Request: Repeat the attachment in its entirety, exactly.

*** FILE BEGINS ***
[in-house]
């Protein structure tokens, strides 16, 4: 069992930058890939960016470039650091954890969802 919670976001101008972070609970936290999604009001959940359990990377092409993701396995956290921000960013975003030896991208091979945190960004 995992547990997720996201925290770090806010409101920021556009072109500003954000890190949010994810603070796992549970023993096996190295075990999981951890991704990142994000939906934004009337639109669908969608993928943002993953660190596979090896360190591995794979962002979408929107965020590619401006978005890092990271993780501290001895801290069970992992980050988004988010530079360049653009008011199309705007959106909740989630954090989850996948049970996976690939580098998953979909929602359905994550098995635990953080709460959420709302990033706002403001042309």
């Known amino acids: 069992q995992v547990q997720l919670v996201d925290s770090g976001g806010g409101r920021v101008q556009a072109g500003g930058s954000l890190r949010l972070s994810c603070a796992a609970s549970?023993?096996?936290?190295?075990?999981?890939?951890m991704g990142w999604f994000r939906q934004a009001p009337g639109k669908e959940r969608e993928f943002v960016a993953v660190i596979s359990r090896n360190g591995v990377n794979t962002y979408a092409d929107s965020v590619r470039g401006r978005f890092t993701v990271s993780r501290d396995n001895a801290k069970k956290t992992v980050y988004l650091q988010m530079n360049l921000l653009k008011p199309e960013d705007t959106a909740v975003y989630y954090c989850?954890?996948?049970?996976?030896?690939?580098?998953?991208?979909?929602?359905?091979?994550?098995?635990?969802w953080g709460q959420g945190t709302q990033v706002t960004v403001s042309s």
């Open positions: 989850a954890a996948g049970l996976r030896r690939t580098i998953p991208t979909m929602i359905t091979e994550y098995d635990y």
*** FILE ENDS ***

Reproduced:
[in-house]
């Protein structure tokens, strides 16, 4: 069992930058890939960016470039650091954890969802 919670976001101008972070609970936290999604009001959940359990990377092409993701396995956290921000960013975003030896991208091979945190960004 995992547990997720996201925290770090806010409101920021556009072109500003954000890190949010994810603070796992549970023993096996190295075990999981951890991704990142994000939906934004009337639109669908969608993928943002993953660190596979090896360190591995794979962002979408929107965020590619401006978005890092990271993780501290001895801290069970992992980050988004988010530079360049653009008011199309705007959106909740989630954090989850996948049970996976690939580098998953979909929602359905994550098995635990953080709460959420709302990033706002403001042309």
């Known amino acids: 069992q995992v547990q997720l919670v996201d925290s770090g976001g806010g409101r920021v101008q556009a072109g500003g930058s954000l890190r949010l972070s994810c603070a796992a609970s549970?023993?096996?936290?190295?075990?999981?890939?951890m991704g990142w999604f994000r939906q934004a009001p009337g639109k669908e959940r969608e993928f943002v960016a993953v660190i596979s359990r090896n360190g591995v990377n794979t962002y979408a092409d929107s965020v590619r470039g401006r978005f890092t993701v990271s993780r501290d396995n001895a801290k069970k956290t992992v980050y988004l650091q988010m530079n360049l921000l653009k008011p199309e960013d705007t959106a909740v975003y989630y954090c989850?954890?996948?049970?996976?030896?690939?580098?998953?991208?979909?929602?359905?091979?994550?098995?635990?969802w953080g709460q959420g945190t709302q990033v706002t960004v403001s042309s």
């Open positions: 989850a954890a996948g049970l996976r030896r690939t580098i998953p991208t979909m929602i359905t091979e994550y098995d635990y």